"but I guarentee you I will FF your arse off" from>
09-06-2003, 12:52 AM #6
FiftyOneMike, on behalf of the Hi-Nella Fire Company #1 I'd like to thank you and the rest of the soldiers who serve our great country. I think about our soldiers everyday. I, ofcourse, am planning on enlisting in the Army after high school (currently in a NJROTC unit) I was hoping you could PM me some tips on gettin through Army Basic Training, and what its like being in the Army.
Thanks again for what you do *hand salute*Firefighter, Volunteering since Oct 2001
CCFA 05-04, best overall class for 2005
09-06-2003, 04:33 AM #7
- Join Date
- Dec 2002
Hey FiftyOneMike, greetings from another 51M. Have you checked out my thread on "Baghdad International Airport" It's gotten alot of really good response. The Iraqi apparatus we have here are called "Somati's" have you heard of them? They are crash trucks, so you guys probably wouldn't have them around your way. Were you guys involved with the UN bombing or the Chlorine spill near Baghdad? We got alerted, but were stood down a couple hours later. Good luck brother, you're probably in a more dangerous position than we are, so stay low! Hope to talk to you soon! PM me if you want to talk.
SPC, BIAP Fire/Rescue"At one point we decided to fight fire with fire, basically your house just burned faster."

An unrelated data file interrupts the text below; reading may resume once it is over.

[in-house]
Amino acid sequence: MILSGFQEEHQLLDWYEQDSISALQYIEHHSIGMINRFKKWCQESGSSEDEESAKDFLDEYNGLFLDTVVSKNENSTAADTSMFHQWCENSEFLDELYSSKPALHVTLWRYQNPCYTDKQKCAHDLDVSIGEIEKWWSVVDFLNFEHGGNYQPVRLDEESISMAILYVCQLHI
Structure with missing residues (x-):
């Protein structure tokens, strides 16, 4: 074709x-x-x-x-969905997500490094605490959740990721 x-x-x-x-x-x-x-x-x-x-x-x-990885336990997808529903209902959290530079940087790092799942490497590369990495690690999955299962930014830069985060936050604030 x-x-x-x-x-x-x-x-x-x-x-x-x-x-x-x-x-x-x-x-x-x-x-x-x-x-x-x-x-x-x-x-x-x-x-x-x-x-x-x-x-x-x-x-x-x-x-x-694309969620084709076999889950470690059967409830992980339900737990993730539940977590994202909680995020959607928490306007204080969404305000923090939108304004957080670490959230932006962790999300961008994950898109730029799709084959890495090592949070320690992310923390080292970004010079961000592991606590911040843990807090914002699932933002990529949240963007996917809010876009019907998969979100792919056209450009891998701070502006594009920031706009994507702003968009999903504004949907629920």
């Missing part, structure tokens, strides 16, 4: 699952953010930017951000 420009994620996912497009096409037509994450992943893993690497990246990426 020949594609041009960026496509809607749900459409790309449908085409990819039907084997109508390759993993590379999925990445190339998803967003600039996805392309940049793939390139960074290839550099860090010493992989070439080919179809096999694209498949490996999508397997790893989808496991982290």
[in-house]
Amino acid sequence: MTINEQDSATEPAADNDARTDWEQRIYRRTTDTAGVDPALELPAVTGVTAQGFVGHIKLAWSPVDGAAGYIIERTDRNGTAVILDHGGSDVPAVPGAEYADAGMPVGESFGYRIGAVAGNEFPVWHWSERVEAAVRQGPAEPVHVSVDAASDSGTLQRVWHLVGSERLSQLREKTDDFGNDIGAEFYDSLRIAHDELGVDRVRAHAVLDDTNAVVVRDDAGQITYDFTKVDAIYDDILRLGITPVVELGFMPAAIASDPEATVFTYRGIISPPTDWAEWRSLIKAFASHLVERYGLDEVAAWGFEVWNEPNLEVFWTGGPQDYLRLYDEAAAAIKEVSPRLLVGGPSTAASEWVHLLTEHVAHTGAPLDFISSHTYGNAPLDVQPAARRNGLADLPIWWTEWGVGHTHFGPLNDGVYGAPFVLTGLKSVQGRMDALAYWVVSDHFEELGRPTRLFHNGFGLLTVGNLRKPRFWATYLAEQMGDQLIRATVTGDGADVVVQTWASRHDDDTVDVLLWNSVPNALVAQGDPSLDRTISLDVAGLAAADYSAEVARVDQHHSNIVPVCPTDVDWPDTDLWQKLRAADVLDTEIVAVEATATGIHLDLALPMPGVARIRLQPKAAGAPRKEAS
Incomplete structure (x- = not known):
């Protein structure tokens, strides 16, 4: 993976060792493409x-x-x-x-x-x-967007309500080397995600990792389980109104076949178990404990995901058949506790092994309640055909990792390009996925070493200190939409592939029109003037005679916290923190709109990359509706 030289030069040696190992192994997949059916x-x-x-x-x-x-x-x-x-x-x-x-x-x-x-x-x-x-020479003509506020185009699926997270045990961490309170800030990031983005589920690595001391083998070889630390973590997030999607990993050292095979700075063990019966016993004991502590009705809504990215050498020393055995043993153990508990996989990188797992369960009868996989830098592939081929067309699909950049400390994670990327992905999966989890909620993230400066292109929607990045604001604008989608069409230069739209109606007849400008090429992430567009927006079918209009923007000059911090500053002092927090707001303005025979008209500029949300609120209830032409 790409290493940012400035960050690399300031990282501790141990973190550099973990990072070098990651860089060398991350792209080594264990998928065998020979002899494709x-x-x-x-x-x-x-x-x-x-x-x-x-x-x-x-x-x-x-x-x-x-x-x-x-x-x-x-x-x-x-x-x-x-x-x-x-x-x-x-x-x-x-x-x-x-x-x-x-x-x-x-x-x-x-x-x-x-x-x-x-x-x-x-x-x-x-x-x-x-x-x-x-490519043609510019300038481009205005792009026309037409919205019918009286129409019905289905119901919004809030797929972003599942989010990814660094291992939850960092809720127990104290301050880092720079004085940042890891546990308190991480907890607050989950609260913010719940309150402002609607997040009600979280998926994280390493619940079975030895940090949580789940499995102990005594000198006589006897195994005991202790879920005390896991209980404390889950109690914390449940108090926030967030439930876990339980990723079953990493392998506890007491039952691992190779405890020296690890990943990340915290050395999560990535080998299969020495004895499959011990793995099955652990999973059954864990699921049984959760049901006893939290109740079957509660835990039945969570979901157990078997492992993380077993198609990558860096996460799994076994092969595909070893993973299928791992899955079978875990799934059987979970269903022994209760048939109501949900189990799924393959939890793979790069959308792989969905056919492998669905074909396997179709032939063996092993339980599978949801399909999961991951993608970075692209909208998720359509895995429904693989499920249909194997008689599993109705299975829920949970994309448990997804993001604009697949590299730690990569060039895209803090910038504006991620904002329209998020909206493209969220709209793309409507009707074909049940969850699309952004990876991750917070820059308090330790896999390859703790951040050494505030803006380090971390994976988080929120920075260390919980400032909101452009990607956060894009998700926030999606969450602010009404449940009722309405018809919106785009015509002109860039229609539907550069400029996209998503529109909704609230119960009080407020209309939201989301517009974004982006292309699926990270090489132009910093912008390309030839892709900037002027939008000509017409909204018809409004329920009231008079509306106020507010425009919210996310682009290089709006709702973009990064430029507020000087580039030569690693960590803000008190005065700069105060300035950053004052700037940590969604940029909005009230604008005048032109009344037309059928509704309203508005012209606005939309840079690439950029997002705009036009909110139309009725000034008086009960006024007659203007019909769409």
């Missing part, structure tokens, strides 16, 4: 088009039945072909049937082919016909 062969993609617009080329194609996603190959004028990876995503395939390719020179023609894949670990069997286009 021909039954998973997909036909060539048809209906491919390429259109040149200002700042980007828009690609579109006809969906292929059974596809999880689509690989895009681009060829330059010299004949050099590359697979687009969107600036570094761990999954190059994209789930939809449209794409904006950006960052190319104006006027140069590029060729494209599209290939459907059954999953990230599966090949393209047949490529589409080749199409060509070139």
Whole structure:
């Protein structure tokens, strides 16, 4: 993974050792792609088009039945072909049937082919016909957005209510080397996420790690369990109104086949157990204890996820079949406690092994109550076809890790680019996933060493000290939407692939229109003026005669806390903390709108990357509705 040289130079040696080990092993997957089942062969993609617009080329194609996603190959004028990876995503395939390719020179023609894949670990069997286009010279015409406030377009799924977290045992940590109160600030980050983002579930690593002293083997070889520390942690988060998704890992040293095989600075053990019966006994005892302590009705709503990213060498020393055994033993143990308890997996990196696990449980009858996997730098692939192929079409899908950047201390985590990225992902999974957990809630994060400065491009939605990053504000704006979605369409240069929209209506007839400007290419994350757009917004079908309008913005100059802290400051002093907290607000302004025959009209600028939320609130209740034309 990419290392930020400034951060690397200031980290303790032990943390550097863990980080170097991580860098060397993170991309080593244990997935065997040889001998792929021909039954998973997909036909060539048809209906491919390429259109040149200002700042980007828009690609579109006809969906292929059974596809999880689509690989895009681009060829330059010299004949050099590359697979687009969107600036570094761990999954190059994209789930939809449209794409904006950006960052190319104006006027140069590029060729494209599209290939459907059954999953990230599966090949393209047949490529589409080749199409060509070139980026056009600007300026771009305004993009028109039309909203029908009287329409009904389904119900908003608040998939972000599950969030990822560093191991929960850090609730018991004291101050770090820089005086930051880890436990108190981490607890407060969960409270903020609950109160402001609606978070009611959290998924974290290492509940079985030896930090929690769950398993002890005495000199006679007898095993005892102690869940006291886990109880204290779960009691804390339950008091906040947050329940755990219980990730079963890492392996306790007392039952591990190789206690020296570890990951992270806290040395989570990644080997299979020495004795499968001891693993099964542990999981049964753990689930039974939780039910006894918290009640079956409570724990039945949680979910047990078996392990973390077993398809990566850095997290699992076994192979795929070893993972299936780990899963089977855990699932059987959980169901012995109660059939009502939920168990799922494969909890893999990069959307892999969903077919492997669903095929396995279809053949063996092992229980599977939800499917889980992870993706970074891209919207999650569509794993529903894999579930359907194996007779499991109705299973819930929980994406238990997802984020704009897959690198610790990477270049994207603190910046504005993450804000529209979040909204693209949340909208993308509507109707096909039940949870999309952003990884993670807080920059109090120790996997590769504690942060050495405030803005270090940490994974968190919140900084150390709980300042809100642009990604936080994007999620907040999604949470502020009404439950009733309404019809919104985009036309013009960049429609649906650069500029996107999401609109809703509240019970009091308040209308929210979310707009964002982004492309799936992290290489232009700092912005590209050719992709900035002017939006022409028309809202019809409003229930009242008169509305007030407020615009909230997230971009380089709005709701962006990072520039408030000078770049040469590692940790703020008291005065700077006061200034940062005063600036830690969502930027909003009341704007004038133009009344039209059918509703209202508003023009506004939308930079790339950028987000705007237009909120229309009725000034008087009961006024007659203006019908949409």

Recipient of the IACOJ Service Award 2003.
09-06-2003, 10:02 AM #8
- Join Date
- Sep 2003
mdoddsjffhnfc - if you're joining the Army in the hopes of going into fire protection, don't do it. Join the Air Force. My opinion of the Army is not even handed right now, so I would not be a good one to ask. As far as basic, learn your general orders, rank structure, everything there is to know about an M16A2. Start doing pushups, situps, and running if you're not already doing them. DO NOT fall asleep in any classes. Things have changed since I went to basic. I've been in 23 years, so things may not be the same. If you join, good luck. But I would check the Air Force and Marines and see what they have to offer.
Army fire - Yes, we have ARFF vehicles. French and Italian. Soon we will probably have some P-23's. Depends on which General wins the fight. I'm hoping there's some firefighters that come with those P-23s too.
09-06-2003, 10:31 AM #9
- Join Date
- Jan 2003
- Canuck Expat May be anywhere